Named after its designer, Gustave Eiffel, the Eiffel Tower opened on 6 May 1889. It was the world's tallest tower up until 1930 when New York's Chrysler Building was completed.
If you ever visit Tour Eiffel, go there in the evening. The tower is lit up and it looks rather beautiful. Quite magical. Just don't go there on a hot day in July... unless you like snotty-nosed kids, cans of Coke costing three euros, overcrowded metro stations and lots of queues.
So that's it. Paris in five easy pieces.
On our last night in Paris, there was actually a riot. Hundreds of cars were burnt out. I missed out on all of it... I was too busy in my hotel room, watching my wide screen TV and eating strawberries out of the bellybutton of a 25-year-old blonde Swedish virgin named Inga, who spoke only one word of English: "Yes".
Ah capitalism. Gotta love it.
P.S. Au Revior, Paris. See you next year, I hope.
Thursday, 23 July 2009
It's difficult for me to remember a time when Michael Jackson was not a part of my life.
I remember watching the Thriller video for the first time, and the excited conversations I had with my school friends about this young black man who had just taken music video to a whole new level.
I remember sitting in school assembly, bored out of my brain, imagining I was up on stage, dressed in a white suit, tipping my fedora, strutting my stuff, as the kids went wild and screamed my name.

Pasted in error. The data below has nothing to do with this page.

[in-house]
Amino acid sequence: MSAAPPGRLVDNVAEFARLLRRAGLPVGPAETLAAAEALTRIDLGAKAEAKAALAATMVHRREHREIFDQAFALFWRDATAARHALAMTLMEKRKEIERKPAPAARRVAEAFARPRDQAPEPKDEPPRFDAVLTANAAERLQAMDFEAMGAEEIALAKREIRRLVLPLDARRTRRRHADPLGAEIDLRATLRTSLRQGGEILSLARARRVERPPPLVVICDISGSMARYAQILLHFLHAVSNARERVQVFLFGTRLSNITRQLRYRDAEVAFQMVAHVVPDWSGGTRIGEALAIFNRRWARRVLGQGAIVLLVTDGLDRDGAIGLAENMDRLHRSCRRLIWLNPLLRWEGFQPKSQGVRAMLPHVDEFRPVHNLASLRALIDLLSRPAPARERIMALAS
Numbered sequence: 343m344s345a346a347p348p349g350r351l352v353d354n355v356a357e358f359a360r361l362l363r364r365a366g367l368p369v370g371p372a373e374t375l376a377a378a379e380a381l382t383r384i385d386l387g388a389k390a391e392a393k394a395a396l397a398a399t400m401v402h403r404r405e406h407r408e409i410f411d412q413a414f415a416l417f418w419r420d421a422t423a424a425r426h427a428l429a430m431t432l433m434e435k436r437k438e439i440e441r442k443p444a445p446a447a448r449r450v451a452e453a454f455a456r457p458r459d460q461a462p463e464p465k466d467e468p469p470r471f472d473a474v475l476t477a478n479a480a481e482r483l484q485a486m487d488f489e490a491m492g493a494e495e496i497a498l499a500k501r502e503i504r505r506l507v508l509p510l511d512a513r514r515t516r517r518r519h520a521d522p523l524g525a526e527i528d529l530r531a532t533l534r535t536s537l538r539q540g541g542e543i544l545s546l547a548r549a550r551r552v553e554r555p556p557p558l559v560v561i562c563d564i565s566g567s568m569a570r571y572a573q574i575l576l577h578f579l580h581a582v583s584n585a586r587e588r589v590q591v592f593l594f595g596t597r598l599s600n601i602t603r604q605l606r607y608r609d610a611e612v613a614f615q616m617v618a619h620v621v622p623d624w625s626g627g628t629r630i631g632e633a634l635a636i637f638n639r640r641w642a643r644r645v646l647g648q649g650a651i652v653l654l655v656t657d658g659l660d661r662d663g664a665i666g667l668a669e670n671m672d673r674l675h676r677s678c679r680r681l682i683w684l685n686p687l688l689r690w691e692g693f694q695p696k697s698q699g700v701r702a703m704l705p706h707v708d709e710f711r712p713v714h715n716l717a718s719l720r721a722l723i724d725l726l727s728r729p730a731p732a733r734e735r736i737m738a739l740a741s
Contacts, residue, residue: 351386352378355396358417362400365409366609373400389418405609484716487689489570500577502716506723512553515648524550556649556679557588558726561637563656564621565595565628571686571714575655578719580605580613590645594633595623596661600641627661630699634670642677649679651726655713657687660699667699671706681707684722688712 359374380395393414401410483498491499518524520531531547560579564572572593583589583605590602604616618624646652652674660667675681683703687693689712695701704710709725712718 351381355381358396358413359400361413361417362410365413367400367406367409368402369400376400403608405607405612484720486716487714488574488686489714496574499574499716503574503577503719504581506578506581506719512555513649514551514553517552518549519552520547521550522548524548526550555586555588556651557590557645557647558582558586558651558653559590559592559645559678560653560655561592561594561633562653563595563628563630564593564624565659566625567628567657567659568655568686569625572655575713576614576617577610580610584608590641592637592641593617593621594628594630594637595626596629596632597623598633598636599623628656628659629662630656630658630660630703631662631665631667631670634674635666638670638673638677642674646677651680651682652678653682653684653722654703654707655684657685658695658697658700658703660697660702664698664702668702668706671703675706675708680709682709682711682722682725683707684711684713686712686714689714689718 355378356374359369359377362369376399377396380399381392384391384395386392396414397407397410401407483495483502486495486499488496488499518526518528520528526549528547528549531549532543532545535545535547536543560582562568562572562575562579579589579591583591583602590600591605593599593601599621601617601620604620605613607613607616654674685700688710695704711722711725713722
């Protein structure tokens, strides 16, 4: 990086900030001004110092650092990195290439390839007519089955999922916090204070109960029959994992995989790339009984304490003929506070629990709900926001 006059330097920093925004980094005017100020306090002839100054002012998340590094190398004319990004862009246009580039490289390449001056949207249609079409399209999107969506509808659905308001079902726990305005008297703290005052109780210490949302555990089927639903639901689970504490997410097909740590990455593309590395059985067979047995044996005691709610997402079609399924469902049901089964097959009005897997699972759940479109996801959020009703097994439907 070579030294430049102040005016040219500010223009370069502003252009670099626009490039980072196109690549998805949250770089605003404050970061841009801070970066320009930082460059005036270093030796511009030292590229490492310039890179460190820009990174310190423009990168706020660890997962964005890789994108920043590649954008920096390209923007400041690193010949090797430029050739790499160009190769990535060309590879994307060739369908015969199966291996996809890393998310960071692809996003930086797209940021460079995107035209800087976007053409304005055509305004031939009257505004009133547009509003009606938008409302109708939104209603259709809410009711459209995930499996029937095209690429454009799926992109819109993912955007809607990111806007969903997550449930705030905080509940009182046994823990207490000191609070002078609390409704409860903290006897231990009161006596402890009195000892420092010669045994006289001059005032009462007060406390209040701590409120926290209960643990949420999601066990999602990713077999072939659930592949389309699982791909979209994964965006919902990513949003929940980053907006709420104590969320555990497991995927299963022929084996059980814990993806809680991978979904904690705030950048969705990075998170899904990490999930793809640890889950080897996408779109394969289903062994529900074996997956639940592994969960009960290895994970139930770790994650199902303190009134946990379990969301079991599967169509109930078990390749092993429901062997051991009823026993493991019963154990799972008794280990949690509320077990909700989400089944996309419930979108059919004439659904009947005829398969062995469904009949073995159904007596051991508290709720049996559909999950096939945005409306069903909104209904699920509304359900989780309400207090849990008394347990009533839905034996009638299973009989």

I remember when Michael Jackson performed in front of a sell-out crowd in Liverpool in 1988. I remember watching Michael Jackson at Wembley stadium four years later. A friend and I managed to get within two rows of the stage. At one point, as Michael performed Beat It, he swung from a crane above me. I was looking up at him; he was looking down at me. I remember thinking: My God. Michael Jackson is looking at me!
I remember being 18 years old and listening to Michael Jackson's first new single in two years, Black or White, on a crappy hi-fi system in a crappy bedsit near Liverpool. I remember standing below Michael Jackson's hotel room in Prague in 1996 as he threw signed pillow cases down to the adoring crowd.
Later, I remember where I was when Michael Jackson was accused of abusing a child. I also remember where I was when he was acquitted of child abuse in 2005. And, of course, I will always remember where I was on Thursday 25 June 2009 when I heard the news that the world's brightest star was shining no more.
I was in a caravan in Blackpool playing Scrabble with my family. This is strange enough in itself: I am not close to my family (we live on different planets). When we were younger, we were all huge Michael Jackson fans. This was our first family holiday for 15 years and the first time we had been together in years. Strange that Michael Jackson should die on the last night of our holiday when we were all together like that.
It's difficult to put into words the effect Michael Jackson had upon my life. I have never been a fan of celebrities; I am not like many of the people in this country, who mindlessly read gossip mags and follow the lives of the rich and famous because they have no lives themselves. But when I was a kid it was impossible to ignore Michael Jackson.
It is a testament to his fame that, in the house of a poor family who had no carpets, no phone and no TV, a family who were in many ways detached from what was going on in the world outside their front door, the most popular topic of conversation was Michael Jackson. Like millions of people the world over, we were fascinated by this all-dancing, all-dancing, crotch-grabbing, moonwalking phenomenon.